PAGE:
Translation:Any bed is better than not having a bed.
I am going to analyze this sentence but please keep in mind I am learning here too. I checked and "mejor que" is a compound preposition. When we have two verbs (first one conjugated [ser] and second one infinitive [tener]) referring to the same subject [cama] we generally need a preposition between. Normally the prepositions are 'a' or 'de' (There are exceptions verbs like poder where none are needed as you've seen in this module). The infinitive can be 'to have' or it can be 'having' depending on context. Hope it helps.
I would add "at all". I know the Spanish does not say it, but it seems a logical translation. "Any bed is better than having no bed at all."
One can certainly express the idea adequately without the "at all".
As the "at all" is an optional emphasis of the expression "no bed", perhaps there is an equivalent emphasis that could be likewise present in the Spanish, but is not. An equivalent to "nunca" versus "jamás".
Agreed. "At all" adds nothing to the meaning, so you don't need it. Many writers would say it makes the sentence wordy/redundant.
At all, as you say, is not strictly necessary, but it imparts poetic emphasis to the finality of the statement. "A worm in the cabbage is better than no meat at all."
"...than having no bed at all" = "que no tener cama en absoluto" (native speaker)
I'm not sure this is correct. Some beds might come with strings attached.
Why doesn't the program explain these verb conjugations as they did the others? Am I missing something?
Does anybody know why it is not "mejor que no tener UNA cama"? It seems like it's needed.
After tener, if you are just saying something like "I have a car" "I have a bed" you just use tener and the noun.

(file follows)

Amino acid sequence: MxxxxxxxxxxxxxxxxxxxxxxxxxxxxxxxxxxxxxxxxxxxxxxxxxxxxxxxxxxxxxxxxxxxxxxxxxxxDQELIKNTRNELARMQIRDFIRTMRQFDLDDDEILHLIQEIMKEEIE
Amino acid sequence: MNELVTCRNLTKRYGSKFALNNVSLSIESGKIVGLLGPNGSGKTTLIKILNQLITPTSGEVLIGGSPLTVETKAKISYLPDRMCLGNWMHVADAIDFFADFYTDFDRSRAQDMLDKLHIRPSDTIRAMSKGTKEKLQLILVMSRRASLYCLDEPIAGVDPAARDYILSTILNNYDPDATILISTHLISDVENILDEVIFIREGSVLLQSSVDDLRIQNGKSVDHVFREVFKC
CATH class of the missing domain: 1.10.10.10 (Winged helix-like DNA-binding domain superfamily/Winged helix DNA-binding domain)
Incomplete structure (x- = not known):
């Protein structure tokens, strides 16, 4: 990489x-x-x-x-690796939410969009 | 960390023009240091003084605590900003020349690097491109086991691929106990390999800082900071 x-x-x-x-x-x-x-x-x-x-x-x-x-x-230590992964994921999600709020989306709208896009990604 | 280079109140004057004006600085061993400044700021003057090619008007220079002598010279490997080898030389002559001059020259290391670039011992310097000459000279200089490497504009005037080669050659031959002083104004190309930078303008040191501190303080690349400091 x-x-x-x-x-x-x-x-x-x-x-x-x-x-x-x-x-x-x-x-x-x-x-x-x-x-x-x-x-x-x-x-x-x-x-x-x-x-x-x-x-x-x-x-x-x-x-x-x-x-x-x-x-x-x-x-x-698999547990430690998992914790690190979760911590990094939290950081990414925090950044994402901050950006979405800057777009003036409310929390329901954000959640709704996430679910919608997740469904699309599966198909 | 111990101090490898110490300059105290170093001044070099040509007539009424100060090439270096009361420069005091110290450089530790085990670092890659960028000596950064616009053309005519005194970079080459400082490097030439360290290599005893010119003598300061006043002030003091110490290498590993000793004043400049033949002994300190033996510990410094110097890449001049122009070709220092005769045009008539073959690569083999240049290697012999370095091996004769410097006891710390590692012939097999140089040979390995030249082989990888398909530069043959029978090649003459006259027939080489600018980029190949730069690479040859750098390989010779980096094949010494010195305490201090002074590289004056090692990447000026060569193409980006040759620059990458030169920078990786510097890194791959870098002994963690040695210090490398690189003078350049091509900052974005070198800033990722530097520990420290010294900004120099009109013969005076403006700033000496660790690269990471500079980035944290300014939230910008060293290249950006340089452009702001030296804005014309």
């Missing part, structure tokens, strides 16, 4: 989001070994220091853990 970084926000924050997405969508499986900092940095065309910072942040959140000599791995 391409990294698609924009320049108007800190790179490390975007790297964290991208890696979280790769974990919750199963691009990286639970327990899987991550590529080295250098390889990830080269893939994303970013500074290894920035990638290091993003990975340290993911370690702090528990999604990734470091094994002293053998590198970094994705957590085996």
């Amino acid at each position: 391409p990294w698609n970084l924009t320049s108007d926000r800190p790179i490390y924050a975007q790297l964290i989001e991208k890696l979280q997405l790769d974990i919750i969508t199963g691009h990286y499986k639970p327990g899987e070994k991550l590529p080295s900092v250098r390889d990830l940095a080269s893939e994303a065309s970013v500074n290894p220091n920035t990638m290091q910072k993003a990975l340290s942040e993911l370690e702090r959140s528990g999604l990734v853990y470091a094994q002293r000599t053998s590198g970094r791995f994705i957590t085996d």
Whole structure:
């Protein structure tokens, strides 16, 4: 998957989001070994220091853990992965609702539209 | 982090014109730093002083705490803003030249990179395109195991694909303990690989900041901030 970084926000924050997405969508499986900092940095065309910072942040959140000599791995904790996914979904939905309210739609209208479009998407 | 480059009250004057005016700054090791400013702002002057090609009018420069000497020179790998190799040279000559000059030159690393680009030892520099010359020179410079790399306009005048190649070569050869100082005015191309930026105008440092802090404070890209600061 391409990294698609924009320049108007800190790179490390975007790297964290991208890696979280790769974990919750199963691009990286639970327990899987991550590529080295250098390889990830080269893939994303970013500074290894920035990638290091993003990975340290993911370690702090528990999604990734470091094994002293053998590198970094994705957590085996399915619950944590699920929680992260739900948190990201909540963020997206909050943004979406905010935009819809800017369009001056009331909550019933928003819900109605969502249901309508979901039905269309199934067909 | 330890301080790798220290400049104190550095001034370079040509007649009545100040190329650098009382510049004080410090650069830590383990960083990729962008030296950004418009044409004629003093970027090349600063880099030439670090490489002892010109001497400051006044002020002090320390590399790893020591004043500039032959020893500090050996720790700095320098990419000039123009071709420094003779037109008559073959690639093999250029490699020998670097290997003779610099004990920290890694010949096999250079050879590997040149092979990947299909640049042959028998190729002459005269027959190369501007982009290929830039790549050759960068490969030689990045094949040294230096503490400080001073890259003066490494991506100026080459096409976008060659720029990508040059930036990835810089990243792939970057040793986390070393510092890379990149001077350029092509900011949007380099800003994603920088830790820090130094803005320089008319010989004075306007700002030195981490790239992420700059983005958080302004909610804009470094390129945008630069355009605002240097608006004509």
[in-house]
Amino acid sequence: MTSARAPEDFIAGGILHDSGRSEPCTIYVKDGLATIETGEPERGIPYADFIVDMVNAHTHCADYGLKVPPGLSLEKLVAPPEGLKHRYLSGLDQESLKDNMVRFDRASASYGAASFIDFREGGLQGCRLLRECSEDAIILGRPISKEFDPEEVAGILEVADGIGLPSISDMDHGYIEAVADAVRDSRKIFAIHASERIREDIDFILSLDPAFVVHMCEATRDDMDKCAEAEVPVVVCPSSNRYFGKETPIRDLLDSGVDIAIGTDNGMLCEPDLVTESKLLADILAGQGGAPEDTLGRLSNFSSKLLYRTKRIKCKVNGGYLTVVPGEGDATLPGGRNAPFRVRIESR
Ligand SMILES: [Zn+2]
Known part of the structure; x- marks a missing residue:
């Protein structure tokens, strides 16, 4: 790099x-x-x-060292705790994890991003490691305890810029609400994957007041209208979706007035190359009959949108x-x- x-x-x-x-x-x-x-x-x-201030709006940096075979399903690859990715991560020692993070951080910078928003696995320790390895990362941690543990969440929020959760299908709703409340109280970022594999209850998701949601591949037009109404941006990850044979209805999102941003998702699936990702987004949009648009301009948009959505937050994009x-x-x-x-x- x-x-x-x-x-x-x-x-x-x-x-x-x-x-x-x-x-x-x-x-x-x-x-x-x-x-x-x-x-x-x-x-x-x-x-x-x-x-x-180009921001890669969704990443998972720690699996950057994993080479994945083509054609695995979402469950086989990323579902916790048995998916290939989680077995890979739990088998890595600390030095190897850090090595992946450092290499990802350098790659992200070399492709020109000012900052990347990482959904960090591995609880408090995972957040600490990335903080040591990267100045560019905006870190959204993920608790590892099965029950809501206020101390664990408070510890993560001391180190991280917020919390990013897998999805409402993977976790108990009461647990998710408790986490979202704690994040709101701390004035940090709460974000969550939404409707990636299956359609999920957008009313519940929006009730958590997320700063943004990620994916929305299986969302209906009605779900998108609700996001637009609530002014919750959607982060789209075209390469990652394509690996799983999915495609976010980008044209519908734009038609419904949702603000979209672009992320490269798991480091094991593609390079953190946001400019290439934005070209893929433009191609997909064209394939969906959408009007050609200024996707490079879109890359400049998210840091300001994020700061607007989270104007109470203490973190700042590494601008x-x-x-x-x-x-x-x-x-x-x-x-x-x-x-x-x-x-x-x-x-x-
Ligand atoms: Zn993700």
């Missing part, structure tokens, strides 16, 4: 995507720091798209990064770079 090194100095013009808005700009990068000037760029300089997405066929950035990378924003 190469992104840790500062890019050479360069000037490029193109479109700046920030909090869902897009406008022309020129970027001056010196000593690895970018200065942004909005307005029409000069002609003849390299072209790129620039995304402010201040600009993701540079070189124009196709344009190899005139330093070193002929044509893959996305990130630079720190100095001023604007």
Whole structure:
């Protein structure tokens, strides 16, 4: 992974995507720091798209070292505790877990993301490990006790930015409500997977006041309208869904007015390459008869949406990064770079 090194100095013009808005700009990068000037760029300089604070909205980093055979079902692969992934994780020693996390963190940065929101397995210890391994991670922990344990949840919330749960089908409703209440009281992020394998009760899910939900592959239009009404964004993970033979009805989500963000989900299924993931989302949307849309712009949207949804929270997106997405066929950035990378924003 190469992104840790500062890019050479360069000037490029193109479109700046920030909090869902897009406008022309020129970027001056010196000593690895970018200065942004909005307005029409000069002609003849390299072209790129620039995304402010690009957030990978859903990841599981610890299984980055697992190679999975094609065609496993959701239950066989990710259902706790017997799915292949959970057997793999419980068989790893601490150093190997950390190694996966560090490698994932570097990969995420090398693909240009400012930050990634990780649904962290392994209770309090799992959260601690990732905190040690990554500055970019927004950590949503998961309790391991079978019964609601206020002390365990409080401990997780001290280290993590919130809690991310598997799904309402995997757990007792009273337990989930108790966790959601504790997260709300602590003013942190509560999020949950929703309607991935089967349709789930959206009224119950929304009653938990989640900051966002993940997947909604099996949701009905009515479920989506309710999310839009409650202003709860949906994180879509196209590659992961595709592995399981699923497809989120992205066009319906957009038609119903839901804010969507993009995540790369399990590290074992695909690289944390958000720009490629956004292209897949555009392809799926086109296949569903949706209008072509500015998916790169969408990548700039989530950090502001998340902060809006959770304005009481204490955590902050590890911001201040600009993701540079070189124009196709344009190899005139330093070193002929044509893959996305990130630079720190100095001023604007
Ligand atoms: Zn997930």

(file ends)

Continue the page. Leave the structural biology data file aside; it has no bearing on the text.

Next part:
The only time you use a number like un/una is if you are specifying that you have ONE of those things.
I have a car = tengo coche
I have one car = tengo un coche
'Any bed is better than none (at all)' is the best translation but 'cuts no ice' here. mitcorb has a better translation than the Owl.
I put, "Any bed is better than to have no bed." That is not they way I would say it in English, but it conforms with the sentence given. DL does not agree. This is a case where there are a lot of subtle variations in English that are correct but not included in DL's approved list. Adios, corazon!
I feel so smart for getting this one right on the first try! (And for translating it without looking at the word options first!)
I think a more natural translation is “.... not having one “ . And something else regarding cualquier/cualquiera . Cualquier is used before a noun and cualquiera after a noun and have no gender as in “cualquier teléfono / casa“ and in “un teléfono /una casa cualquiera “ .
If I translate every word as such I get: "Whatever bed is better than to have no bed." Editing that translation I arrive at: "Any bed is better than not to have a bed." Looking at the fact, that in English a construction with "-ing" is used very frequently, I chose to translate "tener" as "having" >> Any bed is better than not having a bed.
I translated it as "Any bed is better to have than no bed." I don't see how that could possibly be wrong. It means essentially the same thing as "Any bed is better than not having a bed." And, after all, I translated! Word order isn't supposed to matter in translations, only meaning.
"Any bed is better than not to have one." - ??? Is it not more English then to repeat "bed"???.....
I disagree, perhaps my spine is curved well for sleeping on concrete... perhaps its a sleep condition... i don't do sides
Ha! I was surprised that Duo also accepted "any bed is better than none", but I'm glad they did.
Question to native speakers: Is this a maxim or wise saying? This is never something one would hear or read in American English. I suspect that perhaps the meaning is "Something is better than nothing (at all)". Any thoughts?